- Unconscious incompetence The individual does not understand or know how to do something and does not necessarily recognize the deficit. They may deny the usefulness of the skill. The individual must recognize their own incompetence, and the value of the new skill, before moving on to the next stage. The length of time an individual spends in this stage depends on the strength of the stimulus to learn.
- Conscious incompetence Though the individual does not understand or know how to do something, he or she does recognize the deficit, as well as the value of a new skill in addressing the deficit. The making of mistakes can be integral to the learning process at this stage.
- Conscious competence The individual understands or knows how to do something. However, demonstrating the skill or knowledge requires concentration. It may be broken down into steps, and there is heavy conscious involvement in executing the new skill.
- Unconscious competence The individual has had so much practice with a skill that it has become “second nature” and can be performed easily. As a result, the skill can be performed while executing another task. The individual may be able to teach it to others, depending upon how and when it was learned.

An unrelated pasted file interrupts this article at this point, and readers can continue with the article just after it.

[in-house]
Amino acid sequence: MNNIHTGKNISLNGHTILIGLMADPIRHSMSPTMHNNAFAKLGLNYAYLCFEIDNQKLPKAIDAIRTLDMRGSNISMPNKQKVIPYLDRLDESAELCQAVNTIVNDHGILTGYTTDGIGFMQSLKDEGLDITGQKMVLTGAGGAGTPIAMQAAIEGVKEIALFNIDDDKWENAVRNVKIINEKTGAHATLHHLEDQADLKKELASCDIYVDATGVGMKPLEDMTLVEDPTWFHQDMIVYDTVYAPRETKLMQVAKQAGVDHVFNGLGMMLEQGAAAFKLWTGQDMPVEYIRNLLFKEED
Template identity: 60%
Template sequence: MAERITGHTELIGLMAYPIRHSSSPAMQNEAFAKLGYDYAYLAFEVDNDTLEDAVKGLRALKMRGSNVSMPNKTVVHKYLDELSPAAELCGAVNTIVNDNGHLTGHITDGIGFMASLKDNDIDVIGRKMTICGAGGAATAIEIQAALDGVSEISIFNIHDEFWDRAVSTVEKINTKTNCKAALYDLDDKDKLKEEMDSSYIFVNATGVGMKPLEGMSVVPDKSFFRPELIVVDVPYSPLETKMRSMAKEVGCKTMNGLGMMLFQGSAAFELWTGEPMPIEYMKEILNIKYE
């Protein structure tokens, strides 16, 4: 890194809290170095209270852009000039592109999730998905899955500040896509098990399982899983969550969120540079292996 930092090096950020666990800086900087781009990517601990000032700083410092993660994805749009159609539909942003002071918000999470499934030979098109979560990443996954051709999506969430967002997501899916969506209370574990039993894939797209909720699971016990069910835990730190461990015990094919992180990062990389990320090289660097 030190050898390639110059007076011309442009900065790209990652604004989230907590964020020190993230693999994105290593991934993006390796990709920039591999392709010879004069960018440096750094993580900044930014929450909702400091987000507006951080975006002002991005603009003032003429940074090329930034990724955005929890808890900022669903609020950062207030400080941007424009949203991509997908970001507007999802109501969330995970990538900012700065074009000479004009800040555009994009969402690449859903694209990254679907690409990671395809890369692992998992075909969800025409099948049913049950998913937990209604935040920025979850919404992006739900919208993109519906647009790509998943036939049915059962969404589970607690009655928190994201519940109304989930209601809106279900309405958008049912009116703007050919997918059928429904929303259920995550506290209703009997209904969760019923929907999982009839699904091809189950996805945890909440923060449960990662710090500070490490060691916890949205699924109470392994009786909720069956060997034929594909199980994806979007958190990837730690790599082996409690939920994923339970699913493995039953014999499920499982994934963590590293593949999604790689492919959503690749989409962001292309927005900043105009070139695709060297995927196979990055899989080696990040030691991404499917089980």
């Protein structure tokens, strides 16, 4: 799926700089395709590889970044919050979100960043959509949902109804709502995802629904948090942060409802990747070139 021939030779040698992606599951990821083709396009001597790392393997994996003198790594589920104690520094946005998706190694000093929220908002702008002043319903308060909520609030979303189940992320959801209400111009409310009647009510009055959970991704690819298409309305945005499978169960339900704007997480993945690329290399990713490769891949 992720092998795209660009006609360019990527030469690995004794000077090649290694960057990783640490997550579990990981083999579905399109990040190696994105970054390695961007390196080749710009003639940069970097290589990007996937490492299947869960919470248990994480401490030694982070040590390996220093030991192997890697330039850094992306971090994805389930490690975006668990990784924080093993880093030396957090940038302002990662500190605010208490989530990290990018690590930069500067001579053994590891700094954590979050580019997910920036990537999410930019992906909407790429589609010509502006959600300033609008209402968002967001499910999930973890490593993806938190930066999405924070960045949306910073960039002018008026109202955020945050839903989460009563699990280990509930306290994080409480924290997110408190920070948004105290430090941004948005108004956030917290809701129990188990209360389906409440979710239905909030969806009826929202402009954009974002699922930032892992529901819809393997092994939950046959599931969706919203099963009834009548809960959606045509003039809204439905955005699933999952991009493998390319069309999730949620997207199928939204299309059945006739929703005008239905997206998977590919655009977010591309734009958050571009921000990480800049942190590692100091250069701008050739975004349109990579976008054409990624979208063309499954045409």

I have been learning Japanese for a whole year now and have to say, what might have looked as a easily doable task in the beginning (its but a language, how hard could it be) has resulted into an enormous project.
First off, why did I start in the first place?
This one is quite easy, every time I read something from japan, may it be novels, comics or other stuff, I always felt (and still feel) I should be able to read this in its original form, not in this (often) badly done translation. Also, I have wanted to learn it for a very long time, but always found it to be the wrong time or not to be a priority. When I passed 30 I thought I might as well just do it, otherwise it won’t ever work out.
What am I learning exactly?
All of the following things need to be learned in order to reach proficiency and to be able to read most anything Japanese:
Three Writing Systems, need to be learned. Hiragana, Katakana and Kanji
The so called Kana, Hiragana and Katakana are “easy”. Each compiled of about 50 characters, representing the sounds of the Japanese language. Both cover the same sounds, but are used in different ways.
Kanji are hard. Punishingly hard. Each Kanji can represent different sounds. Which sounds to use, depends on context / its combination with other Kanji or Kana.
What else must be learned?
Vocab and Grammar (as with every other language as well).
What have I done up to now?
- Reached proficiency of both Kana (Hiragana and Katakana)
- Learned about 300 Kanji (of approx. 3.000 – 10% – yay!) with their respective readings and meanings.
- Vocabulary of about 1.000.
- Teensy bit of grammar.